Who is James Wenneker von Brunn?

Alleged shooter has links to white supremacy groups

By Jim Iovino and Michael Clancy
|  Thursday, Jun 11, 2009  |  Updated 8:44 PM EDT
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Dramatic Photos: Shooting at Holocaust Museum

AP

Security officials examine a red car, believed to belong to the shooter, parked in front of the U.S. Holocaust Memorial Museum in Washington.

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Holocaust Museum Suspect Frequented Easton Art Gallery

James von Brunn wrote a book and considered himself an artist, frequenting an Easton art gallery where he wanted to show his work.
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The man who allegedly shot at least one person Wednesday at the U.S. Holocaust Memorial Museum in Washington is believed have connections with white supremacist organizations and anti-government groups, according to reports.

The alleged shooter is James Wenneker von Brunn, an 88-year-old man from Annapolis, Md., according to NBC News' Pete Williams.

Von Brunn worked in advertising and other professions until he retired, according to the Anti-Defamation League. He described himself as an "artist" and "writer. He has written many anti-Semitic essays, as well, and in recent years, he also created an anti-Semitic Web site, which he called "The Holy Western Empire," according to the ADL.

Williams said von Brunn has a criminal past.

Williams said that in 1981, von Brunn walked into the Federal Reserve with a handgun and sawed off shotgun. He wanted to take Federal Reserve members hostage over high interest rates. He was captured by a guard on the second floor of the building at 21st and Constitution. He was arrested and convicted and claims on his own Web site that he served time in prison.

Von Brunn was sentenced in 1983 to more than four years in prison for attempted armed kidnapping and other charges. He was released in 1989.

"The subject resides in my memory like old road-kill," he wrote. "What could have been a slam-bang victory turned into ignoble failure. Recalling all of this presents an onerous task. I am getting near the end of the diving board."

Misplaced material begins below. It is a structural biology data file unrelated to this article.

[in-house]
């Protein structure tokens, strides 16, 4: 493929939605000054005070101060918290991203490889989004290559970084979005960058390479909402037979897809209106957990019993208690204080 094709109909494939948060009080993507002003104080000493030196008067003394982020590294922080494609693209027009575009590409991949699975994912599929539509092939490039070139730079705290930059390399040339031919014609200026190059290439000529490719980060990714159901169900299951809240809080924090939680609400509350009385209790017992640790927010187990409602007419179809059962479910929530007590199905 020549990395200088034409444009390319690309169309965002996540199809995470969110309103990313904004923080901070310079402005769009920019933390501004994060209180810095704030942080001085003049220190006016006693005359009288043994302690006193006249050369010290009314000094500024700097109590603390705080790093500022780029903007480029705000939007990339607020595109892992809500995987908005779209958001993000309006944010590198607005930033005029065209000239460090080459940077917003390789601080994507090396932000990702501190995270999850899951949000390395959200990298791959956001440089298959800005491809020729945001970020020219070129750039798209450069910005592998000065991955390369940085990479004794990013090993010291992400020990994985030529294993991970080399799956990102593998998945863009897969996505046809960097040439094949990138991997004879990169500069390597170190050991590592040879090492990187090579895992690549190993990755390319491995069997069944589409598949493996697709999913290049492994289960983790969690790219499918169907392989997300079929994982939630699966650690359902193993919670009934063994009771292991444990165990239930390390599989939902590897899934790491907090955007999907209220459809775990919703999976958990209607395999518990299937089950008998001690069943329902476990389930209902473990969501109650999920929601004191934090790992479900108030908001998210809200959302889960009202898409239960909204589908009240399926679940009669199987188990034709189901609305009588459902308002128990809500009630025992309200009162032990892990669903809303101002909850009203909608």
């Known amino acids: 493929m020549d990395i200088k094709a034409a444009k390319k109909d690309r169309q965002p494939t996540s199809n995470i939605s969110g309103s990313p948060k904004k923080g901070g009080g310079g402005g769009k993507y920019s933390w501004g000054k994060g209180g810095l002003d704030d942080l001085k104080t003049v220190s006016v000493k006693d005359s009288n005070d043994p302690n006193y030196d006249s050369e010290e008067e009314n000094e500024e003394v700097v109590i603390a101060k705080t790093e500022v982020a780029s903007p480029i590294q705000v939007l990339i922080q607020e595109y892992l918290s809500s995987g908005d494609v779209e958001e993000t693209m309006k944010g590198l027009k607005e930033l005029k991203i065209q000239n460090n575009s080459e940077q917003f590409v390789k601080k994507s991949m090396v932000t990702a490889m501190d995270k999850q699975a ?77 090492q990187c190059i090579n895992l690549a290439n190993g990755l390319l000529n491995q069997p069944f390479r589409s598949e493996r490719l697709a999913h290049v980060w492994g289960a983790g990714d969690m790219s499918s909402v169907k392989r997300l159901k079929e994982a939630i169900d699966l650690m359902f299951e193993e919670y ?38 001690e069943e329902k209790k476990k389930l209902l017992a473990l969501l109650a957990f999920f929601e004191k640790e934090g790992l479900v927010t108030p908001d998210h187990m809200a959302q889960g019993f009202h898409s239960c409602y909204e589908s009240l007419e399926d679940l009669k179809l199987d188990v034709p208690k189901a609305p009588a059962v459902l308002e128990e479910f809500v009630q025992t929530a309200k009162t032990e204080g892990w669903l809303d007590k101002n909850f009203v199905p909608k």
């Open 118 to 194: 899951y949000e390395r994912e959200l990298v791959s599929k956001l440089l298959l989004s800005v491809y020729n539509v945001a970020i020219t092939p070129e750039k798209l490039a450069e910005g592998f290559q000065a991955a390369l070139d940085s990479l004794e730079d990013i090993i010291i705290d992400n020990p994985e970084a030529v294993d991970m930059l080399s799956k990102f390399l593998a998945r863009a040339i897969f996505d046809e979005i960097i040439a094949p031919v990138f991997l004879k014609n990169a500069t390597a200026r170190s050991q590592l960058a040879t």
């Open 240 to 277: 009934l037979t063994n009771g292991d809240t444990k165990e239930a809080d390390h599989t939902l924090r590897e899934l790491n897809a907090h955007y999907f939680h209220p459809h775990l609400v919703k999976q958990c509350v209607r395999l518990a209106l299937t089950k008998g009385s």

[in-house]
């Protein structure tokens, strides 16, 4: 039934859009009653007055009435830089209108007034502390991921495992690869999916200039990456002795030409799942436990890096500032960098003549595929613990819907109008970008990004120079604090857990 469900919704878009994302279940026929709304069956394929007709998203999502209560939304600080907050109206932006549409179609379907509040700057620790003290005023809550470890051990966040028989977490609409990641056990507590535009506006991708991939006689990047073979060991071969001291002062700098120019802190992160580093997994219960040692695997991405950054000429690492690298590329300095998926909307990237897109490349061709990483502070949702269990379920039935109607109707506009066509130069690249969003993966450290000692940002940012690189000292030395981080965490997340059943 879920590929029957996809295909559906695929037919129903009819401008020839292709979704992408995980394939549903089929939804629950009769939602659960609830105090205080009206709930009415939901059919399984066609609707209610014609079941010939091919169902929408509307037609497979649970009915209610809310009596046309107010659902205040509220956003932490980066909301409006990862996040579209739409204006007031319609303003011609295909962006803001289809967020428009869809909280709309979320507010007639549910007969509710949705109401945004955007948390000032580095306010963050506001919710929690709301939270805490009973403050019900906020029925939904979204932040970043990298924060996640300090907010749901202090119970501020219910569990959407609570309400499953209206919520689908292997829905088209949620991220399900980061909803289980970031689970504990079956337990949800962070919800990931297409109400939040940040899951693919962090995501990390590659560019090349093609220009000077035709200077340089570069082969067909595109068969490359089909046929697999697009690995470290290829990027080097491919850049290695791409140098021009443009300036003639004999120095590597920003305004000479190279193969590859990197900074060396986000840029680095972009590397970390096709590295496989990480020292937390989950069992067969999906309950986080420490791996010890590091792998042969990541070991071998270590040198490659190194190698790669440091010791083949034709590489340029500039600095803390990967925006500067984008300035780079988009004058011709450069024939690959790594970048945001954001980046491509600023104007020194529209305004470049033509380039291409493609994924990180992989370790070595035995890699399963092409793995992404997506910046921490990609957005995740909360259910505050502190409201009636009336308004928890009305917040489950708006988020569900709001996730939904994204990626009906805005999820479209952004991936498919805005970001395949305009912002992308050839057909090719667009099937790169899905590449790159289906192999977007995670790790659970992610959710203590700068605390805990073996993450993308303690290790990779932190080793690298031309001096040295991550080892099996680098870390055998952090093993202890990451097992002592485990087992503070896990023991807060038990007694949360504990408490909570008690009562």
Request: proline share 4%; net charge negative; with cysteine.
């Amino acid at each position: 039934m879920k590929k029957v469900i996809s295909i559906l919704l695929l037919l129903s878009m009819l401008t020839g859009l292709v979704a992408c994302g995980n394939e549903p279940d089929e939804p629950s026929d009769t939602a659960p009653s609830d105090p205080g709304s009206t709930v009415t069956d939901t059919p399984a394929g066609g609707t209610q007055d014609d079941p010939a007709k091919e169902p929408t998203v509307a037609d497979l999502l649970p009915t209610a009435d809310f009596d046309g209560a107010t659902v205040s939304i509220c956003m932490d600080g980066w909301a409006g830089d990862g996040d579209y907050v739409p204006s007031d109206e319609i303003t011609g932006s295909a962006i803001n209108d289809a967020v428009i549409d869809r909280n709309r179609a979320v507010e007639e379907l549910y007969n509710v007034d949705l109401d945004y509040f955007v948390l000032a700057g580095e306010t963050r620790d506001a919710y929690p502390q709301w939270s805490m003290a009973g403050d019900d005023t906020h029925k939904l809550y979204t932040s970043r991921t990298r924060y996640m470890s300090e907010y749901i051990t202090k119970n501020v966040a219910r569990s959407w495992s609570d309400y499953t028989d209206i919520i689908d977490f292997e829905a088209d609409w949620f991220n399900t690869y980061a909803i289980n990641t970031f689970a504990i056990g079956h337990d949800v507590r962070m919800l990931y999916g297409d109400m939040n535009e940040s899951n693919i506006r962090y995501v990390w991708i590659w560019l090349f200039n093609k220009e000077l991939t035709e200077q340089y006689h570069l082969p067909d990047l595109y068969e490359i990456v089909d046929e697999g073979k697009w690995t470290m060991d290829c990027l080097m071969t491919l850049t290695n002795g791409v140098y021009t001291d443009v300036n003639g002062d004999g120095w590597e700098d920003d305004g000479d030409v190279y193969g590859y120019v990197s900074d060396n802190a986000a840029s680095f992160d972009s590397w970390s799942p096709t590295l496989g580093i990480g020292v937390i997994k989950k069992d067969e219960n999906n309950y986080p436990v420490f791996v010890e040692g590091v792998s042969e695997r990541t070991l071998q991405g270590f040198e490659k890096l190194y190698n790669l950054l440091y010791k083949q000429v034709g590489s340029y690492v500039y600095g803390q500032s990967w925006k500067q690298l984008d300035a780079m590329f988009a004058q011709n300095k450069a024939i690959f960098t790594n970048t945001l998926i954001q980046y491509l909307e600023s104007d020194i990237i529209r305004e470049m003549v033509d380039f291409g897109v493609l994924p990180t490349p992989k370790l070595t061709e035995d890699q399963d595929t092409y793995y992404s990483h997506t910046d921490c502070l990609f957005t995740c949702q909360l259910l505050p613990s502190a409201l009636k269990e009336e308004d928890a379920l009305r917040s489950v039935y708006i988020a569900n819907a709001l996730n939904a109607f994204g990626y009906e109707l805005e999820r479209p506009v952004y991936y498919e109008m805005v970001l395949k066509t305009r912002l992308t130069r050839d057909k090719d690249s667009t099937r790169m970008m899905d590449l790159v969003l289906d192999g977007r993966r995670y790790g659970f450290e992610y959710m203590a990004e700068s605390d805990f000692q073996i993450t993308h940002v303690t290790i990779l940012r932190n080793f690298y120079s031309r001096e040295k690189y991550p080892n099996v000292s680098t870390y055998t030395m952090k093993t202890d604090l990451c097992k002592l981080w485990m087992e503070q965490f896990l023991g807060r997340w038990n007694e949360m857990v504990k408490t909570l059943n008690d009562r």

Despite the revolver, sawed-off shotgun and knife found in his bag that day, von Brunn insisted he was trying to place the board under "legal, non-violent citizens-arrest."

Navy enlistment records, provided by the National Personnel Records Center, indicate a 21-year-old von Brunn signed up for military service on April 29, 1942, as an apprentice seaman. Almost a year later, von Brunn accepted an appointment in the Naval Reserves to become a midshipman. He listed his reason for signing up as "patriotic," documents show, after spending three years in college. Navy records show he had language qualifications in English and French.

According to his own Web site:

von Brunn holds a BachSci Journalism degree from a mid-Western university where he was president of SAE and played varsity football.

During WWII he served as PT-Boat captain, Lt. USNR, receiving a Commendation and four battle stars. For twenty years he was an advertising executive and film-producer in New York City. He is a member of Mensa, the high-IQ society.

In 1981 Von Brunn attempted to place the treasonous Federal Reserve Board of Governors under legal, non-violent, citizens arrest. He was tried in a Washington, D.C. Superior Court; convicted by a Negro jury, Jew/Negro attorneys, and sentenced to prison for eleven years by a Jew judge. A Jew/Negro/White Court of Appeals denied his appeal. He served 6.5 years in federal prison. He is now an artist and author and lives on Maryland's Eastern Shore.

The Web site says von Brunn wrote a book called "Kill the Best Gentiles!"  He describes the book as "a new, hard-hitting expose of the JEW CONSPIRACY to destroy the White gene-pool."

Von Brunn applied to have his art shown at the Troika Gallery in Easton, Md., around the time the gallery opened about 12 years ago, two of the owners, Laura Era and Jennifer Wharton, told The Associated Press. They said they turned him down because it was not up to their quality and that made Von Brunn angry.

"He stomped out," Wharton said. "You don't normally get that reaction from artists."

They said his work was not strange or violent, but the artists they show have many years of professional experience.

Era and Wharton said they had heard that von Brunn had been in jail because of his political beliefs and knew that he had prejudices. They did not feel comfortable around him, but said they didn't want to make him an enemy.

One time von Brunn arrived at the gallery livid because he had just seen a mixed race couple getting married at the garden of the historical society nearby, Era and Wharton said.

Von Brunn was not around for years, but turned up a year or two ago. He did not spend as much time at their gallery as before and they did not encourage him to, the women said.

They said von Brunn's work depicted images such as horses and buffalo in the American West or an eagle with the U.S. flag.

Von Brunn's biography on the artists' directory askart.com says his father, Elmer, was superintendent of Scullin steel mill of St. Louis, and their family, on both sides, migrated from Germany and Austria in 1845 or near that year. He is listed as producing portraits, illustrations, graphics and more.

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